After being sold to a group of investment firms led by TPG Capital in 2002, Burger King revamped rapidly and had a highly successful initial public offering in 2006. At the end of 2010, Burger King had 12,200 locations in 73 countries, 60% of them in the U.S. and 90% are privately owned. While McDonald’s posted gains of more than 40% in 2011, its performance has been lackluster in 2012 so far. The stock has lost close to 5% in 2012 compared to the S&P 500 index, which has gained more than 10%. The news that CEO Jim Skinner will end his tenure in June 2012 has also created some uncertainty about the company’s future.
We are going to present you two international firms which are McDonald’s and Quick. Both are in the restaurant industry and are positioned only in the fast-food sector. We’ve chosen those two companies because of the high reputation they have and the way they are implemented in our consumption patterns. Indeed, since their creation both companies have experienced a rapid development. We’ll try to explain what the key of their success was and how they managed their international expansion.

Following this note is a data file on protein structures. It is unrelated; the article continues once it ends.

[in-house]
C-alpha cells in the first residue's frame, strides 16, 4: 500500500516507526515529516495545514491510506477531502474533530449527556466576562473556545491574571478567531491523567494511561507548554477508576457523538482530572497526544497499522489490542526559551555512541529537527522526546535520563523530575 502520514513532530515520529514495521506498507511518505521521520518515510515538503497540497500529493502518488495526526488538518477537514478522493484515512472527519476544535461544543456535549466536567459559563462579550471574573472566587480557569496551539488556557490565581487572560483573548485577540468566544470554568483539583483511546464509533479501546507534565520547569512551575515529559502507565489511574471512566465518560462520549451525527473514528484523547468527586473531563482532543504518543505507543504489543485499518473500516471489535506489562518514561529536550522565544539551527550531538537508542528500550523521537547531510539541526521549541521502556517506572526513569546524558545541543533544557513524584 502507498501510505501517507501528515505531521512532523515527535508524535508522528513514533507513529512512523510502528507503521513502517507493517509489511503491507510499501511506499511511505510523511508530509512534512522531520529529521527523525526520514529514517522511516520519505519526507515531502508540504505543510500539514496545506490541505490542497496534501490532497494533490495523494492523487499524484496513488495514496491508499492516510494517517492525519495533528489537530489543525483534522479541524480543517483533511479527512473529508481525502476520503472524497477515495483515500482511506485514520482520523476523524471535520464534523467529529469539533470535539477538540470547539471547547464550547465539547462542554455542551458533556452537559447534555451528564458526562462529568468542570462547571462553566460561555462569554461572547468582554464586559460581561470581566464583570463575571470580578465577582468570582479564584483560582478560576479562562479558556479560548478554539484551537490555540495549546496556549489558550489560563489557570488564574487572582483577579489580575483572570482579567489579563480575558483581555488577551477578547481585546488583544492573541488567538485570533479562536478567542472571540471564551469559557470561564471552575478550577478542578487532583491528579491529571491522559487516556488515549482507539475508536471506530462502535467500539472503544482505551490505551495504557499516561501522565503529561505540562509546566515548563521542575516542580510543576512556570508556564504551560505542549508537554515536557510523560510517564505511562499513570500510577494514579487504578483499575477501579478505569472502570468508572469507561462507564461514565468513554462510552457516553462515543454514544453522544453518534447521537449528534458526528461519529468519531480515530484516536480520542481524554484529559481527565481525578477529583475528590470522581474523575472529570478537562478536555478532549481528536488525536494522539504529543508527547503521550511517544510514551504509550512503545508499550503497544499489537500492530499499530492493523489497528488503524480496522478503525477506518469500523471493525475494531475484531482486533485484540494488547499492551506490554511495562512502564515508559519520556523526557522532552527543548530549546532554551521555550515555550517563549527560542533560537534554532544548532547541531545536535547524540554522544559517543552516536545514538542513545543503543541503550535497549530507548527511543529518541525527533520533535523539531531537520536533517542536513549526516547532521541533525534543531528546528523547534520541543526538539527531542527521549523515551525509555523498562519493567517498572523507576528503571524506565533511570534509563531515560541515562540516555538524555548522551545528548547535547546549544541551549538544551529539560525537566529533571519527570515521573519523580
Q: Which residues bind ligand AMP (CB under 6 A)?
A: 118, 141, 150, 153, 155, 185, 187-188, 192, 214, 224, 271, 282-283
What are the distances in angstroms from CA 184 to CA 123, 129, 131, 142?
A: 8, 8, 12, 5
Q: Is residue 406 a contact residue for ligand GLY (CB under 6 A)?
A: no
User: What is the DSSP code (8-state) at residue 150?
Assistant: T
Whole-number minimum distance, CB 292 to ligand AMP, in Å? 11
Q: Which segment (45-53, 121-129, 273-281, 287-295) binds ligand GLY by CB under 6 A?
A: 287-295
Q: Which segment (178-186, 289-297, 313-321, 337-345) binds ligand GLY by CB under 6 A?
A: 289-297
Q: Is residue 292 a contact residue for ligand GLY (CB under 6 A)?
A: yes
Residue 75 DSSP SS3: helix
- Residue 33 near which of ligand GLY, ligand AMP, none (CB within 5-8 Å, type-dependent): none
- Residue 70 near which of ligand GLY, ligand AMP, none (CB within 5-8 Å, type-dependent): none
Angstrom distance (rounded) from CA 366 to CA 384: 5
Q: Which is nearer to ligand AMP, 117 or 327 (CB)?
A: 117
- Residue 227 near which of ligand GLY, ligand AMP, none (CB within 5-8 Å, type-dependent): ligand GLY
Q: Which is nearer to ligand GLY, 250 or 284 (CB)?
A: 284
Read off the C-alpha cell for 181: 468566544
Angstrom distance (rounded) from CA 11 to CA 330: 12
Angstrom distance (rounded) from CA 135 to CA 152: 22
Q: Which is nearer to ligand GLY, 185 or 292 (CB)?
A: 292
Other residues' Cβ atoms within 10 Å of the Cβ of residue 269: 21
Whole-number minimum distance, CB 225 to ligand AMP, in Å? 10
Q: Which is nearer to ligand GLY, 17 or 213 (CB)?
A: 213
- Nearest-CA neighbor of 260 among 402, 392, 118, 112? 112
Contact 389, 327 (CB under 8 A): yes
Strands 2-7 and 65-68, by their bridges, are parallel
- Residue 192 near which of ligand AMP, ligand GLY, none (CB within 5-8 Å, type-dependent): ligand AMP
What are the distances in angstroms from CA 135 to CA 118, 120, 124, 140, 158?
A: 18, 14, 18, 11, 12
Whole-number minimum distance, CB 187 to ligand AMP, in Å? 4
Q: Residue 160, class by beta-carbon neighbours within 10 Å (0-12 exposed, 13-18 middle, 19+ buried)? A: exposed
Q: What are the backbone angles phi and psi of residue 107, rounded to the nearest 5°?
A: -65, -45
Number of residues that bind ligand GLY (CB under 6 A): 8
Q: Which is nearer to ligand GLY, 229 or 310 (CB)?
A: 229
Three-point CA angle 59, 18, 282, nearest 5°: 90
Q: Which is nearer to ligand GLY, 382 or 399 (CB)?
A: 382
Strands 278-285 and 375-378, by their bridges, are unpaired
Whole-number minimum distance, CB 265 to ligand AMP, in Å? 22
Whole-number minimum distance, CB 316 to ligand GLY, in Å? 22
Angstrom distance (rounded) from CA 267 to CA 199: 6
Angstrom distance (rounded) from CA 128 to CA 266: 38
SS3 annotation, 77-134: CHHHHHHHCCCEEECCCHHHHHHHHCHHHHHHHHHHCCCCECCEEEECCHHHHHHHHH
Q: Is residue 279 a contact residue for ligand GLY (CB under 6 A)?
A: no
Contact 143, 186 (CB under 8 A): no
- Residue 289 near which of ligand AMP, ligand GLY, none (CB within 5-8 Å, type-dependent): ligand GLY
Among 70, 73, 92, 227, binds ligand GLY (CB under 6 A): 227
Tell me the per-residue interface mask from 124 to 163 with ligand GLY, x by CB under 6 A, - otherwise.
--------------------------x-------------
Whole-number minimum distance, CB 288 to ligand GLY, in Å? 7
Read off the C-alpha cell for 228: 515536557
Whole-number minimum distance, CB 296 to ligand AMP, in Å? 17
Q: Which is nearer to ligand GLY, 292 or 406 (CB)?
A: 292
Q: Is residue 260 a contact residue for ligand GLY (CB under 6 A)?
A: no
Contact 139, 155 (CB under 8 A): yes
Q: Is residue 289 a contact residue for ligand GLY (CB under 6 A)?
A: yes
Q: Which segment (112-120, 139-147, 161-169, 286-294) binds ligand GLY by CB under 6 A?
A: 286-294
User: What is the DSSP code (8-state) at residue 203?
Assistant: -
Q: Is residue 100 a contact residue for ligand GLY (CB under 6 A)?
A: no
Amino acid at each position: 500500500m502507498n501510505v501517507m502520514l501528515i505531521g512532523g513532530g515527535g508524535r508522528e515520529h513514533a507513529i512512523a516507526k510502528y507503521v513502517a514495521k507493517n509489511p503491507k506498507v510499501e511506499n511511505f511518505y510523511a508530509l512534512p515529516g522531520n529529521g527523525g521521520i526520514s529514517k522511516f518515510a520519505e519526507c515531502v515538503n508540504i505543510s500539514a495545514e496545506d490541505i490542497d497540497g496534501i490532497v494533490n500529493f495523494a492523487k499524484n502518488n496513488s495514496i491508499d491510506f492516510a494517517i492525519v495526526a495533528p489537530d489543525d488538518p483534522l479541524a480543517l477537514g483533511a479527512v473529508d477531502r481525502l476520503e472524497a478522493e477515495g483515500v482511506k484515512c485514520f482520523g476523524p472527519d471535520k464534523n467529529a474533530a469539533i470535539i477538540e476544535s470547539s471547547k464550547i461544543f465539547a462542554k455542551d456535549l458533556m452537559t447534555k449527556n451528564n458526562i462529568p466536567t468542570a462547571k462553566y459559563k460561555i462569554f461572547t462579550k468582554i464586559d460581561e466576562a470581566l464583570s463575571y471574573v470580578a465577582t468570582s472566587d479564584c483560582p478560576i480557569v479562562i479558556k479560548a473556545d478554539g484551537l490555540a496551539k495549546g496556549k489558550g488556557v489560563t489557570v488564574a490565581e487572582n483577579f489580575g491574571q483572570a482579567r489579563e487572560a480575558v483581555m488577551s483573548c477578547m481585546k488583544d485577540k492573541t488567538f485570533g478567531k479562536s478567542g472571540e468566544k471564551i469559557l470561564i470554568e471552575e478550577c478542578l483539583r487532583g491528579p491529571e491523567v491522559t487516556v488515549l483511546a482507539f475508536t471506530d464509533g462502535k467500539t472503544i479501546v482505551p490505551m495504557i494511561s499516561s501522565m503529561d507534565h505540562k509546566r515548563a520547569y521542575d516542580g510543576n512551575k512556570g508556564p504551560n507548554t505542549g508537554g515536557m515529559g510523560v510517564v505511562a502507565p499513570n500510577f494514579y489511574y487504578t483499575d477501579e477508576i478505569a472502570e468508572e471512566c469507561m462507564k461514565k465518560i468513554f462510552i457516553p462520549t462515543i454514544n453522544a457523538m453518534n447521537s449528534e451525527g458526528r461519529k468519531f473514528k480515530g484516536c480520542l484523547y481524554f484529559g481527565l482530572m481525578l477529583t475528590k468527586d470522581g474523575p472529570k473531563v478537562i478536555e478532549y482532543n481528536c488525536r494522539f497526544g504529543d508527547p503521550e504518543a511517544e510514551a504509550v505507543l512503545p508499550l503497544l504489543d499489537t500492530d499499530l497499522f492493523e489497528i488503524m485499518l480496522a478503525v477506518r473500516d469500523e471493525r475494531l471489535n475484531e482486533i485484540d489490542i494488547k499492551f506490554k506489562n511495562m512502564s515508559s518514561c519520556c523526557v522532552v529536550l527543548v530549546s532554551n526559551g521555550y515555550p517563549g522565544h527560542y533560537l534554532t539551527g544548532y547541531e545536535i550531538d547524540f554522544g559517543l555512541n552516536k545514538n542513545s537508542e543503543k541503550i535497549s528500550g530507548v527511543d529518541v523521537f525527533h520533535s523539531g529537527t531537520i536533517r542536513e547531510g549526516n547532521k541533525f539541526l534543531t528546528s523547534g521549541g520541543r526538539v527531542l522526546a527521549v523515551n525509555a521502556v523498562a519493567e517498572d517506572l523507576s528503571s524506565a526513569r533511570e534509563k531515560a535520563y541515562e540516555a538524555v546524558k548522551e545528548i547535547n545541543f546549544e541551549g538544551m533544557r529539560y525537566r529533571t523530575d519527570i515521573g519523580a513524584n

In order to attract consumers’ attention and to be unique, McDonald’s uses different advertisements adapted to different countries. Accordingly the company respects the characteristics of different regions, cultures and customer behaviors. McDonald’s is an example of a company that considers that entering new markets, with different national cultures, should be followed by certain market adjustment. The product should be suitable to locals. For example, Chinese customers prefer the food with low calories and bearing this in mind McDonald’s constantly brings out products specially adapted to locals and some of those products is impossible to find in other markets.